In white the direction coefficients.
The quadrilaterals are numbered in the style of Gaspalou: Aij: Area
at row i and column j.
S = A11+A12+A13=3.A22=37702429563
A check on the difference between the approximation of the value of
S given the values of m[i] and Aij reveals |approx(S)-S|<0.1 for all
4 equations described below. However, I used a different set of
In the given link the work by Gaspalou can be found. He uses a
square of size 6u by 6u. The total area is therefore (6u)^2 which
should equal 3S, with S the magic-square constant. So one could
substitute u^2=S/12 in his equations to find the correct value for
I decided to try and find similar equations using a slightly
different approach, compared with Gaspalou:
Take the origin in the center of
the magic square
I prefer that the absolute size of
the parameters m[i] in the equations are nearly equal
I prefer that the construction
process is still visible in the presentation of the equations.
For the near horizontal lines I used a direction-vector of the form
(1,m[i]), i.e. m[i]=direction coefficient.
For the near vertical lines I used a direction-vector of the form (m[i],1),
i.e. m[i]=1/(direction coefficient).
Initial values of these parameters
are found by considering the initial areas in the corners as
For instance m1=(sqrt(A11)-sqrt(A13))/(sqrt(S-A11-A13)=-0.06848
pretty close to -0.0768
The equations are:
Maybe you can appreciate the symmetry here. Every equation is
invariant to the order of the values m[i].
In this case each equation can be written as a function of m[i]+m[j]
and m[i].m[j], as an example:
24.(1-m1.m2)^2.A13 = -S [(m1+m2)(9(m1.m2)^2-17(m1.m2)+8)-6(m1.m2)^2+14(m1.m2)-8]
As a side note: if the Aij are about the same size we expect the m[i]
to be close to 0, so m[i].m[j] is much closer to 0.
If we put this product equal to 0 we get, as an approximation:
24.A13 = approx = 8.S [1-(m1+m2)]
This suggests that if A13>S/3=A22 we should have m1+m2<0 as is the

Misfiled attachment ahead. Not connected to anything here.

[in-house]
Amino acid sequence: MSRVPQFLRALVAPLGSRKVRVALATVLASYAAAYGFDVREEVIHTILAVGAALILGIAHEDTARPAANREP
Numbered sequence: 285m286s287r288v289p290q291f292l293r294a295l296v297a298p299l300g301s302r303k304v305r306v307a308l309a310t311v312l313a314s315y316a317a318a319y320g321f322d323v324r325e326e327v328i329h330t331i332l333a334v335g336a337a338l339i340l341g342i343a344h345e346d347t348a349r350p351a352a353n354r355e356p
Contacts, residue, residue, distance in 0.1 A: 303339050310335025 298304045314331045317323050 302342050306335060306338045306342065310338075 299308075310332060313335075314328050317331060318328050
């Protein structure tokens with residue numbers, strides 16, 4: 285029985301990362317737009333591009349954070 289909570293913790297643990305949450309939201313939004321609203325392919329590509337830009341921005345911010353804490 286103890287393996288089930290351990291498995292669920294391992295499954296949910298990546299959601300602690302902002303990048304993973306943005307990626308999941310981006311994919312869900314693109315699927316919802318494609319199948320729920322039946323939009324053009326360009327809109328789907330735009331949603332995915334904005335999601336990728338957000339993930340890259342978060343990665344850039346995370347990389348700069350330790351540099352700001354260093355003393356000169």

The two pairs of equations belonging to A11,A33 and A13,A31 are
Only a few signs must be changed, due to the quadrant in which the
Aij are situated.
This can be written into 4 equations, F[i](m1,m2,m3,m4)=0, each of
which is a polynomial in 2 of the m[i] and of order 3.
One could solve these by using F+J.dm=0.
Here F is
a vector consisting of the F[i], J the
Jacobian of F, dm a
vector of sought increment of m (a
vector of the m[i]), so in the next step we use m+dm.
This process will only be numerically stable if the pivots in the
matrix J are
not close to 0. Or in other words the increment dm will
not suddenly ďgo all over the placeĒ.
For those people who are not into Linear Algebra, an example:
=x^2y^2-1 + 2x^2.ydy+2y^2.xdx+ terms of
higher order in dx,dy
Where we assume that if dx,dy are small, the terms of higher order
in dx,dy will be very close to 0
Start with values for x,y and assume F(x+dx,y+dy) will be 0, we get
an equation like:
A second function G(x,y) would give a second linear expression in
dx,dy which we could solve together.
The Jacobian J consists
of the partial derivatives of these functions F en G towards x and y
(in matrix form).
Here dF/dx=2x^2.y and dF/dy=2y^2.x, the same expressions, which are
of course much easier to compute.
The expression for F(x+dx,y+dy) describes the tangent plane at the
graph of F(x,y) at the point (x,y). We look for the point in this
plane where F(x+dx,y+dy)=0. Or in other words, the same process as
applying Newton Raphson.
I didnít find a criterion relating the numbers Aij with existence of
a solution (I didnít try). For instance the fact that the lines
belonging to m1 and m3 must intersect on or outside the magic-square
translates to |m1-m3|<2/3. But since the equations are rather
complex this does not translate easily to the given numbers/areas.
My intuition tells me the ratio of the areas in the opposite
diagonal corners of the magic square canít be too large (if one
divides the larger value through the smaller one).
In the blog of William Walkington the given magic square with the
numbers 2..10 would give a ratio of: 9/3=3. All other shown magic
squares with a solution have a smaller maximum value for this ratio.
The square with the numbers 1..10 (which has no solution) has a
value of 8/2=4>3.
The prime magic square with A11=43,A13=67,A33=31,A31=7 and S=111 has
a maximum ratio of A13/A31=67/7 and does not give a solution.
He already sent this on Feb 04, 2017:
The Prime Area Magic Square with minimal magic sum S=213.
On Feb 25, 2017, Jan sent a new contribution
on the same theme.
The major new issues are:
a) Invariance relation between the
b) Two algorithms
c) Area semi-magic squares with integer
Please see his contribution